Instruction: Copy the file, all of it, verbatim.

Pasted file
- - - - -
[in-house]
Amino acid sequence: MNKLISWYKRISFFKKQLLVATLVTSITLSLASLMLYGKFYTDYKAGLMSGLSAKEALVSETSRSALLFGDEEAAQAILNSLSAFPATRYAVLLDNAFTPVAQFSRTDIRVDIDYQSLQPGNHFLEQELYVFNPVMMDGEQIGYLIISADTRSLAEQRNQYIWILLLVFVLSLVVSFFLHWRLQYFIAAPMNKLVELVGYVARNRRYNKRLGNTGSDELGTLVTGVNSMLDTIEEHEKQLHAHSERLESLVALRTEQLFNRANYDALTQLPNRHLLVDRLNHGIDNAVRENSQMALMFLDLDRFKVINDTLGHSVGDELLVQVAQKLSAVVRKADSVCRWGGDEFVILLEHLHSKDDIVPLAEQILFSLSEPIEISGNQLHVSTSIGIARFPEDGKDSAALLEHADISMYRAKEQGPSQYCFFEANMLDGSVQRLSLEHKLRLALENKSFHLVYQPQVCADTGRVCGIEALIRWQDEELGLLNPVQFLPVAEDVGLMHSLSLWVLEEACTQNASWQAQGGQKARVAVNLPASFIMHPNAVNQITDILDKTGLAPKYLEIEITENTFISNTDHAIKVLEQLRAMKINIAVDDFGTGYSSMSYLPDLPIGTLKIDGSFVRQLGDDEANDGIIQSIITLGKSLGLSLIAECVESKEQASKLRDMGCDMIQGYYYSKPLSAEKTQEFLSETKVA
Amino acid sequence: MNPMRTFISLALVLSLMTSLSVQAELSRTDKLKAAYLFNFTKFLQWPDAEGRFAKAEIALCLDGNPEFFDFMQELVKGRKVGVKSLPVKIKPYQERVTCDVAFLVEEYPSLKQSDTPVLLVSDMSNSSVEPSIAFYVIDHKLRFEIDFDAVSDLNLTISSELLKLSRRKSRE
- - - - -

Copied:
[in-house]
Amino acid sequence: MNKLISWYKRISFFKKQLLVATLVTSITLSLASLMLYGKFYTDYKAGLMSGLSAKEALVSETSRSALLFGDEEAAQAILNSLSAFPATRYAVLLDNAFTPVAQFSRTDIRVDIDYQSLQPGNHFLEQELYVFNPVMMDGEQIGYLIISADTRSLAEQRNQYIWILLLVFVLSLVVSFFLHWRLQYFIAAPMNKLVELVGYVARNRRYNKRLGNTGSDELGTLVTGVNSMLDTIEEHEKQLHAHSERLESLVALRTEQLFNRANYDALTQLPNRHLLVDRLNHGIDNAVRENSQMALMFLDLDRFKVINDTLGHSVGDELLVQVAQKLSAVVRKADSVCRWGGDEFVILLEHLHSKDDIVPLAEQILFSLSEPIEISGNQLHVSTSIGIARFPEDGKDSAALLEHADISMYRAKEQGPSQYCFFEANMLDGSVQRLSLEHKLRLALENKSFHLVYQPQVCADTGRVCGIEALIRWQDEELGLLNPVQFLPVAEDVGLMHSLSLWVLEEACTQNASWQAQGGQKARVAVNLPASFIMHPNAVNQITDILDKTGLAPKYLEIEITENTFISNTDHAIKVLEQLRAMKINIAVDDFGTGYSSMSYLPDLPIGTLKIDGSFVRQLGDDEANDGIIQSIITLGKSLGLSLIAECVESKEQASKLRDMGCDMIQGYYYSKPLSAEKTQEFLSETKVA
Amino acid sequence: MNPMRTFISLALVLSLMTSLSVQAELSRTDKLKAAYLFNFTKFLQWPDAEGRFAKAEIALCLDGNPEFFDFMQELVKGRKVGVKSLPVKIKPYQERVTCDVAFLVEEYPSLKQSDTPVLLVSDMSNSSVEPSIAFYVIDHKLRFEIDFDAVSDLNLTISSELLKLSRRKSRE